RE: Solid State Drives

From: Mark W. Farnham <>
Date: Sat, 2 May 2009 08:46:29 -0400
Message-ID: <>

We seem to have adopted an SSD==Flash assumption on this thread. Given the faster cost drop in flash than in other types of solid state memory, that may be appropriate. Still there are other choices and whether they are economic or not going forward, it has long been the case that if you really needed isolated throughput to persistent storage for modest sized particular objects (like redo logs in a high update Oracle database or UNDO space against a load of many transaction and long queries), then superior media choices to spinning rust were available. I suggest reading Kevin Closson's fine contributions to that topic to avoid being disappointed by the real achievable throughput improvements as compared to the ratio of the service time differential between traditional disk farms and SSD. Kevin's analysis of where you hit other bottlenecks in the total throughput picture is spot on. His mission of debunking hyperbole in this area is to my observation scientifically complete.

I have long held that the biggest throughput per dollar spent improvement due to selective use of SSD in an economic deployment is not the straight out acceleration of i/o to the objects on the SSD (yes, Virginia, there is still acceleration, it is just within the limits of other bottlenecks, not the magical sounding ratio of the device speeds and math calculation address speed seek time in place of mechanical seeks), but rather in the "deheating" of the rest of the disk farm. As spinning rust sizes have grown and the drop in cost per unit storage, ie. dollars per terabyte, has been truly impressive, the cost per spindle drop has been much less impressive. So isolating a few spindles to segregate the really hot i/o from the rest of the farm is often more expensive now than segregating the really hot i/o to some flavor of SSD that meets or exceeds the mean time between failure of traditional disk.

Especially when paired with stripe and mirror everything on the rest of the disk farm, this removal of hot interrupting i/o from the disk farm reduces service times for everything else. And it reduces wear and tear on the mechanical traditional disk farm components.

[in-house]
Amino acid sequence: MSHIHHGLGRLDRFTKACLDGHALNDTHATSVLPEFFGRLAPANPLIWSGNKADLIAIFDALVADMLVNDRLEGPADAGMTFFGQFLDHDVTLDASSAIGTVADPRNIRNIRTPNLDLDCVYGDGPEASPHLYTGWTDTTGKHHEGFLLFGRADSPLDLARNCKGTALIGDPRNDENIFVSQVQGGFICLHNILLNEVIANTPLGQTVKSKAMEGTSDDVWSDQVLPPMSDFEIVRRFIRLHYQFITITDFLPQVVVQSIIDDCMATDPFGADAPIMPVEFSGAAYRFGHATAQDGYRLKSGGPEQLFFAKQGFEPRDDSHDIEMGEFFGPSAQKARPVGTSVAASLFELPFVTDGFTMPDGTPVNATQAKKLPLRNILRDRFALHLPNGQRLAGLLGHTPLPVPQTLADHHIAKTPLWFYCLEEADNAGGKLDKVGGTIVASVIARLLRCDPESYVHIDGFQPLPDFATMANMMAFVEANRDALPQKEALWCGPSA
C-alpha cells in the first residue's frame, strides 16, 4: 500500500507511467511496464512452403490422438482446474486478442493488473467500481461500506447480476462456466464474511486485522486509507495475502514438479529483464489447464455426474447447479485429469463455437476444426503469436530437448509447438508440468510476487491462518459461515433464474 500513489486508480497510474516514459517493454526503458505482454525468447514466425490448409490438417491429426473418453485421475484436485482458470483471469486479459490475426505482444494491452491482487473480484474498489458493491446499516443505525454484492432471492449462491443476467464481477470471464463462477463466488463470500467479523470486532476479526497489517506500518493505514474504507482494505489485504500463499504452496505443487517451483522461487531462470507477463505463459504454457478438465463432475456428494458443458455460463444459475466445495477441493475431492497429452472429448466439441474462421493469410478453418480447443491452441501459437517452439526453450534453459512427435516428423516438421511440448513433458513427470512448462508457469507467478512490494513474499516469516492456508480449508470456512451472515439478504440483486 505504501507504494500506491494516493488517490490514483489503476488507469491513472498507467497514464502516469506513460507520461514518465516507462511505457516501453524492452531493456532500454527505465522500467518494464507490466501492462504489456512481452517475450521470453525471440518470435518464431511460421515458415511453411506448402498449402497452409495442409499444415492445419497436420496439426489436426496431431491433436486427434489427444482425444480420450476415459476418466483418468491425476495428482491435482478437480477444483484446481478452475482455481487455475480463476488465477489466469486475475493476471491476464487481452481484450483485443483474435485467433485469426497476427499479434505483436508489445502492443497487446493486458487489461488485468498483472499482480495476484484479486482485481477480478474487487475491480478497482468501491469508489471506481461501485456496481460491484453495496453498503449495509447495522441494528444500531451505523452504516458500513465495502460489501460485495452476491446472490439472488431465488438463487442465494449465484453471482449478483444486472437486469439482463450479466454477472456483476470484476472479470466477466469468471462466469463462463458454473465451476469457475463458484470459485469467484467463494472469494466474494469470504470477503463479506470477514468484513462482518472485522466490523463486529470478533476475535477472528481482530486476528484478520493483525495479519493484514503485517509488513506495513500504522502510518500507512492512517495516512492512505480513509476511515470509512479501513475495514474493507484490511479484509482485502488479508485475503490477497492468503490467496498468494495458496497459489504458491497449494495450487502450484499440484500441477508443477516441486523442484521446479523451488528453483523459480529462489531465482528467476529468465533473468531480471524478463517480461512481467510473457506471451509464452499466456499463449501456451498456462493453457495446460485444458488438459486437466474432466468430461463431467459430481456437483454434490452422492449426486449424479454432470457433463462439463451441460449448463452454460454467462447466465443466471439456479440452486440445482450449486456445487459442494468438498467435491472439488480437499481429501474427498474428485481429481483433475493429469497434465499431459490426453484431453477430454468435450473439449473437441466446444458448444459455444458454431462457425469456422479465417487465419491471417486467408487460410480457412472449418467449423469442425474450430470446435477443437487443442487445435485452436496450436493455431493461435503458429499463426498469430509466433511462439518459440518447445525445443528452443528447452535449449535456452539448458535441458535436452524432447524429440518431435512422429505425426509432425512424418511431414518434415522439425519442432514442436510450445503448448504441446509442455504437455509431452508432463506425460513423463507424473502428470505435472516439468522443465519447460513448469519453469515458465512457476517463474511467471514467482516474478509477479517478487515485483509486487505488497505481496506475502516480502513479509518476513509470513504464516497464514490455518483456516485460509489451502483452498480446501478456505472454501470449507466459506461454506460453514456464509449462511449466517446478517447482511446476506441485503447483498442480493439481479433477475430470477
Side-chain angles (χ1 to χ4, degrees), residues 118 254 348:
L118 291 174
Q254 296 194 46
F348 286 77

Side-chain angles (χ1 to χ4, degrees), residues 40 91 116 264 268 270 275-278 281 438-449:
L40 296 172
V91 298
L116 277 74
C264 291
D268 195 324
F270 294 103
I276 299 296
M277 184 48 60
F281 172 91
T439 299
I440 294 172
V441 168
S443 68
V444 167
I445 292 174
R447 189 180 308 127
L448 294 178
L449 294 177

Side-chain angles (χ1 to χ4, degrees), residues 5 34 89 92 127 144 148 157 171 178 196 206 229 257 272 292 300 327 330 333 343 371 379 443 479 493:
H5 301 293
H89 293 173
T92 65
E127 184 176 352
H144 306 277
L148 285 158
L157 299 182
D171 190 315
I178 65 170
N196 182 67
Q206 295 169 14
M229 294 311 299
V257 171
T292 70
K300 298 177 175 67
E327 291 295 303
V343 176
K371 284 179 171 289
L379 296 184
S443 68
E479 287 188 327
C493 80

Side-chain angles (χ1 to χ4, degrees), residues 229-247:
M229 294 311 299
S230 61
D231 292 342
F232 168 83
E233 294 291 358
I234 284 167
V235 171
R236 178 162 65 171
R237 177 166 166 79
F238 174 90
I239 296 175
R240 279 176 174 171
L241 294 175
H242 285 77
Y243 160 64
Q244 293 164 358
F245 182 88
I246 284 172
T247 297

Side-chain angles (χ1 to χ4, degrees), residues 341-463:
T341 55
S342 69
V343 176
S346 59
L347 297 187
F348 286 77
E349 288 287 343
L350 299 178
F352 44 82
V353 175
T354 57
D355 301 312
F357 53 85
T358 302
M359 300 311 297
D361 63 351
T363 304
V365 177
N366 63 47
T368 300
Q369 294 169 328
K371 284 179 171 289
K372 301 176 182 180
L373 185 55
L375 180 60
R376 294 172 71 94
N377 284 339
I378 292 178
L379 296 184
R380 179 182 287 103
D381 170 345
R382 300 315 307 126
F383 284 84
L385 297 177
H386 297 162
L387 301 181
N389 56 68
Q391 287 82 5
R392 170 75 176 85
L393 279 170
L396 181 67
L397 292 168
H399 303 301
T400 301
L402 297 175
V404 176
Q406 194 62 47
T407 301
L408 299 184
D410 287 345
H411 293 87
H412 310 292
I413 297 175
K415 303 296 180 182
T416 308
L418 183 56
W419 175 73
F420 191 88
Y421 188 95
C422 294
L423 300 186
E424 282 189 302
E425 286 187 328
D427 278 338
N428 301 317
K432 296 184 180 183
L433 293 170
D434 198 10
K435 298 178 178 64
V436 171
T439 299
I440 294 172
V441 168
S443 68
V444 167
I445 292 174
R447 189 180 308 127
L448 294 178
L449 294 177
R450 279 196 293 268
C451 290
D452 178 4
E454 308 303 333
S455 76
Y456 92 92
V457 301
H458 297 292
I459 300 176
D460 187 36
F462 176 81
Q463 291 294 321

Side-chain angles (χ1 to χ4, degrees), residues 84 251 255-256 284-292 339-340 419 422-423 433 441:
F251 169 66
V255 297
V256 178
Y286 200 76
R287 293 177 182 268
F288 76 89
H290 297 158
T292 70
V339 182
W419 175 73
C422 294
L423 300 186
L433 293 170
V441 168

I think Tanel's analysis of the duration of wear out is on target, as to the shape of wearout patterns for "flash" SSD. Knowing how much reserve is built into a given manufacturer's "flash" SSD offering and whether it provides a routine utility to tell you how much reserve remains free is also useful. If you track your peak i/o requirement and verify your free margin, you will have plenty of insurance in scheduling migration to new plexes. Unlike the crash of spinning rust, degradation of flash is incremental and can be watched.

I confess I didn't read this entire thread, but I've consistently found Poder, Zito, Morle, and Closson to be speakers of the truth whose detailed experiments accurately predict the results when you apply the resulting logical suggestions to the construction of an Oracle Server complex. Apologies in advance to those I've left out.

I wonder how long it will be before the best economic solution for storage is completely non-mechanical? I just hope we don't "Rollerball" the 14th century. Probably not a concern, there will probably be 2.6 billion copies of everything, including all classified material in cloud, and on the moon and Mars, too.



-----Original Message-----

From: [] On Behalf Of Tanel Poder
Sent: Friday, May 01, 2009 2:34 PM
To:; Cc:;; Subject: RE: Solid State Drives

Well even without wear levelling and copy-on-writes, assuming you have loaded the SSD 100% full with redo logs only then you could write into this redolog space many times.

So if we do an exercise assuming that:

  1. you have 8 x 1 GB redologs for a database on a SSD
  2. it takes 1 hour to fill these 8 GB of logs ( 8 GB per minute = 192 GB per 24 hours ) - you will be writing to the same block once per an hour (two times to redo header though as its updated when it gets full to mark the end SCN in the file)
  3. its possible to write to the SSD disk block for "only" 100,000 times

So, if you write to a block max 2 times per hour it would still mean 50,000 hours it would still be over 5 years.

The controlfiles and temp tablespace files (and sometimes undo) experience much more writes to "same" blocks compared to redologs, they would be the first ones hitting problems :)

But there IS the write levelling which avoids writing to the same blocks too much by physically writing somewhere else and updating the virtual/physical location translation table. Much depends on the algorithm used...

Regarding whether the mirrored SSDs would wear out at the same time - probably not as the number of writes before wearing out is not some fixed discrete number it will probably vary quite a lot. And you would not want to wait until these disks fail anyway, but rather replace them before known "expire time". And this expire time would be measured in number of write operations rather than wall clock time.


Tanel Poder

-- Received on Sat May 02 2009 - 07:46:29 CDT

Original text of this message